One of Collingwood's major views about history is that while the past no longer exists, it is possible by empathic projection from historical evidence or traces to understand why historical actors acted as they did. There is an unavoidable exercise of imagination but of imagination constrained by the evidence and by the need for coherent explanation. In other words, and for example, the evidence suggests that Gladstone converted to Irish Home Rule in the mid-1880s. There are records of speeches, private and public letters, memoirs of colleagues and so much else that make it reasonable to believe that Gladstone converted. But why ? What explains his change of mind ? The historian's task is to (try to) re-enact Gladstone's reasons : at the limit the propositional content of Gladstone's beliefs will coincide with the beliefs that on the basis of evidence and imagination the historian attributes to Gladstone.
Rex Martin puts the point in his own way :
Collingwood's conception of re-enactment furnishes the blueprint for
carrying through his ambitious program. According to Collingwood,
historical deeds, to be understood, have to be conceptualized as rational
solutions to situational problems facing historical actors. Historical re-enactment means explaining actions by going through the actual thought
processes of historical agents. For example, Hitler's puzzling decision to
invade the Soviet Union would no longer be perplexing were the historian able to show that, given the situation confronting Germany as
Hitler envisaged it, any rational person who had Hitler's goals and espoused his values, would have done the same. Hitler's decision will
remain inexplicable unless and until the historian can explain it as rational. Re-enactment, as Collingwood saw it, was a method peculiar to
history (and that part of philosophy which was historical) and served to
distinguish history from the sciences, both natural and social. The sci-entist pictures human behavior as events controlled by causes; the historian, as actions directed by thought. (Haskell Fain, 'Historical Explanation: Re-Enactment and Practical Inference by Rex Martin', The Journal of Interdisciplinary History, Vol. 9, No. 3 (Winter, 1979), pp. 525-527 : 525. Fain is here summarising his understanding of Martin's interpretation.)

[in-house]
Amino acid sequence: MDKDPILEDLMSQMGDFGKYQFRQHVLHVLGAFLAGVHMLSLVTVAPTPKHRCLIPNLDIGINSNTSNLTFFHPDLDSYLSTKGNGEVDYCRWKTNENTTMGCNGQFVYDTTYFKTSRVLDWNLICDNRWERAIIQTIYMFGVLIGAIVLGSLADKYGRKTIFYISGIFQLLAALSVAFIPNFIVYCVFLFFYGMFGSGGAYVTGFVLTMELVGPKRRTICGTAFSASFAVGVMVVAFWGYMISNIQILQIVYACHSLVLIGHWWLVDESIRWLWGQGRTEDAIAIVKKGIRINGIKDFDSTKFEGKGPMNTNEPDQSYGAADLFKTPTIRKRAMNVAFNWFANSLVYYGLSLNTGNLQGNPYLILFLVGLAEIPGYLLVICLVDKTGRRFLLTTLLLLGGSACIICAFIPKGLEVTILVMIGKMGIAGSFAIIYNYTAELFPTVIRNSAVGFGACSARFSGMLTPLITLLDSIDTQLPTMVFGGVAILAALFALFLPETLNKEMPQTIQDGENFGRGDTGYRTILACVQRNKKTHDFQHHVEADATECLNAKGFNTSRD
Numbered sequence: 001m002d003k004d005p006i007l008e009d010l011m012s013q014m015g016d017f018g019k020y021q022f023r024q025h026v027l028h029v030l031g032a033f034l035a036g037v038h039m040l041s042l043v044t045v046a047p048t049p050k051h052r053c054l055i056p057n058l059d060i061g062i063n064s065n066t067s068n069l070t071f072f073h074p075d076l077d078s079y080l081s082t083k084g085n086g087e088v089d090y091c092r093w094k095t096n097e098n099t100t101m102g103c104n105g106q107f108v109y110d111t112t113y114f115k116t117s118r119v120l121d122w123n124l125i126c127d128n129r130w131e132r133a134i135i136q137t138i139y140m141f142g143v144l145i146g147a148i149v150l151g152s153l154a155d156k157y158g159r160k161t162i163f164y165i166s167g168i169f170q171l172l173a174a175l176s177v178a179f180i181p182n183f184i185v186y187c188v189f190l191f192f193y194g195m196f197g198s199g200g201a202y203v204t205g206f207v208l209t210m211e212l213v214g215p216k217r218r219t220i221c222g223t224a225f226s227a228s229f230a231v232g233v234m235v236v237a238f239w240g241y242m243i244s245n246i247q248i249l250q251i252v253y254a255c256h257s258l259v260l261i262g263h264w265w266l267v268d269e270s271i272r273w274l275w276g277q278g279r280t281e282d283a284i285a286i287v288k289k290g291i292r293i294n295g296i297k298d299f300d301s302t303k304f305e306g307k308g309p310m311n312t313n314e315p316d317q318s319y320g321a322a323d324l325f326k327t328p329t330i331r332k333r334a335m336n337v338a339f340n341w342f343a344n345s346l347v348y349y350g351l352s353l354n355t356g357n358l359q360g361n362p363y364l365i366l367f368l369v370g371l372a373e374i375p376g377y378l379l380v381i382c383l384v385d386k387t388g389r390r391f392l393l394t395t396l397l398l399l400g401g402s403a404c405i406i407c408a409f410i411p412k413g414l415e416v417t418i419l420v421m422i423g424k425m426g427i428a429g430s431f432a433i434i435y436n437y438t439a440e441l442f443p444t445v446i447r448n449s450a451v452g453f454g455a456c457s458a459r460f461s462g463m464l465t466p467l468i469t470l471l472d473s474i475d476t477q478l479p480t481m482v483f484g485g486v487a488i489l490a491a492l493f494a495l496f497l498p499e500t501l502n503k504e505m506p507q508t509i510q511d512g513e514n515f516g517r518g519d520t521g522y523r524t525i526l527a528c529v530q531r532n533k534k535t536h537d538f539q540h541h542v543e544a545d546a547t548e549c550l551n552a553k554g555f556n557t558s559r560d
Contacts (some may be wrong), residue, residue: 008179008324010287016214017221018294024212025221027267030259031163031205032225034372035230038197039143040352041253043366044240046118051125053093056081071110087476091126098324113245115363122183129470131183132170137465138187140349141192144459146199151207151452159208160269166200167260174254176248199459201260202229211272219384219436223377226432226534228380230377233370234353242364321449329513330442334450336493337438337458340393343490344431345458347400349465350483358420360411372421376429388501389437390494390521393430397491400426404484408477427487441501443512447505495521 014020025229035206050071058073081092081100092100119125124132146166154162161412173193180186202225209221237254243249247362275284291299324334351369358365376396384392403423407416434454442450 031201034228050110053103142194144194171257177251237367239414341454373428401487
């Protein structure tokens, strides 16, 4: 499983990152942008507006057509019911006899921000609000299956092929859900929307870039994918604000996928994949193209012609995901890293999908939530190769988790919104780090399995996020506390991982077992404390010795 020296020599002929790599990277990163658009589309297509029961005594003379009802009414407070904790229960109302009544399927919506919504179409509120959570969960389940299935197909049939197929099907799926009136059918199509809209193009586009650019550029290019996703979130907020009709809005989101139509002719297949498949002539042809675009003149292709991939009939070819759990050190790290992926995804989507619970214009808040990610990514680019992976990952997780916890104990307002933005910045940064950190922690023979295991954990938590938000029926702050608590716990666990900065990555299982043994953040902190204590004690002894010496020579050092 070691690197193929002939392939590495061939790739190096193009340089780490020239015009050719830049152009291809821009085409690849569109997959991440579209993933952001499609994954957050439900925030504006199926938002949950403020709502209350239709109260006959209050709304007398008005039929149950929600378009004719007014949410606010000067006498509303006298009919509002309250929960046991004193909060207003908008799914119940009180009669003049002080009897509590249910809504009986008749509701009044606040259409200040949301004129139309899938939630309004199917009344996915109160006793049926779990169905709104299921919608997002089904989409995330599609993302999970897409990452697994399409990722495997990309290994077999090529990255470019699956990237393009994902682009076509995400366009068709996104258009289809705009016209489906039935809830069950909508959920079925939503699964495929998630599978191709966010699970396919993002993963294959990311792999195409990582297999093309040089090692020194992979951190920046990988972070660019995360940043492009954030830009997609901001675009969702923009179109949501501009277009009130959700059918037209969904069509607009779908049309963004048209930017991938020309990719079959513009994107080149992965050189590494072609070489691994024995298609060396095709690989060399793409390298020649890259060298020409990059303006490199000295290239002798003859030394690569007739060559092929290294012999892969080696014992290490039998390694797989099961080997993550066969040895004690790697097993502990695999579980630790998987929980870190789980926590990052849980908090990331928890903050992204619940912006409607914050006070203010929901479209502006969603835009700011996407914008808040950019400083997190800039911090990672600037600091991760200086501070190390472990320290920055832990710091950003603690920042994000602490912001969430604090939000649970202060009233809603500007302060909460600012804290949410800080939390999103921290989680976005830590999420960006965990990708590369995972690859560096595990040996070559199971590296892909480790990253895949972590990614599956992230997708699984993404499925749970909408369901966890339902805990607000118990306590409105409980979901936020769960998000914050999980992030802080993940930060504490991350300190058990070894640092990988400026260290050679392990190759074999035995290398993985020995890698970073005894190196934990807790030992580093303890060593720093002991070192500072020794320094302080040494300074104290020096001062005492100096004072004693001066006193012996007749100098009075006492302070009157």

I'm inclined to quibble over 'rational' : not only is this a many-ways ambiguous term but I think all the historian is required to do is to put herself in a position in which she understands - takes herself to understand - Hitler's beliefs and values well enough to see why, to Hitler, it made sense to invade the Soviet Union. (Parenthesis : I don't think many historians would describe Hitler's decision to invade as 'puzzling'; what perhaps is puzzling is his decision to declare war on the United States after the Japanese attack on Pearl Harbor.)
In light of this, we can see why for Collingwood historical knowledge is a matter of the historian's making sense for her- or himself of the actions of historical agents; and also why such knowledge, which is embodied in the activity of understanding, can't be learnt by heart or memorised. It has to be created by the historian. You can learn by heart or memorise what the historian tells you of the conclusions she has come to. But then you are not doing history - you are simply borrowing the results, collecting the sediment, of historical inquiry.
There are problems with re-enactment. One is that there is no objective criterion by which one can tell that one has re-enacted correctly the historical agent's reasons, whether Gladstone's or Hitler's. Another is that there are macro-phenomena such as the level of inflation or the behavior of a crowd for which re-enactment of individuals' thinking does not appear to provide an adequate explanation.
Collingwood, R.G., The Idea of History: With Lectures 1926-1928, ISBN 10: 0192853066 / ISBN 13: 9780192853066
Published by Oxford University Press, USA, 1994.
Ridley, Aaron, R G Collingwood (The Great Philosophers), 1998. ISBN 10: 0753805278 / ISBN 13: 9780753805275
Published by Phoenix.
Boucher, David (ed), The life and thought of R.G. Collingwood, ISBN 10: 0952439301 / ISBN 13: 9780952439301
Published by R.G.Collingwood Society, 1994.
Krausz, M., ed., Critical Essays on The Philosophy of R. G. Collingwood, Published by Clarendon Press, 1972.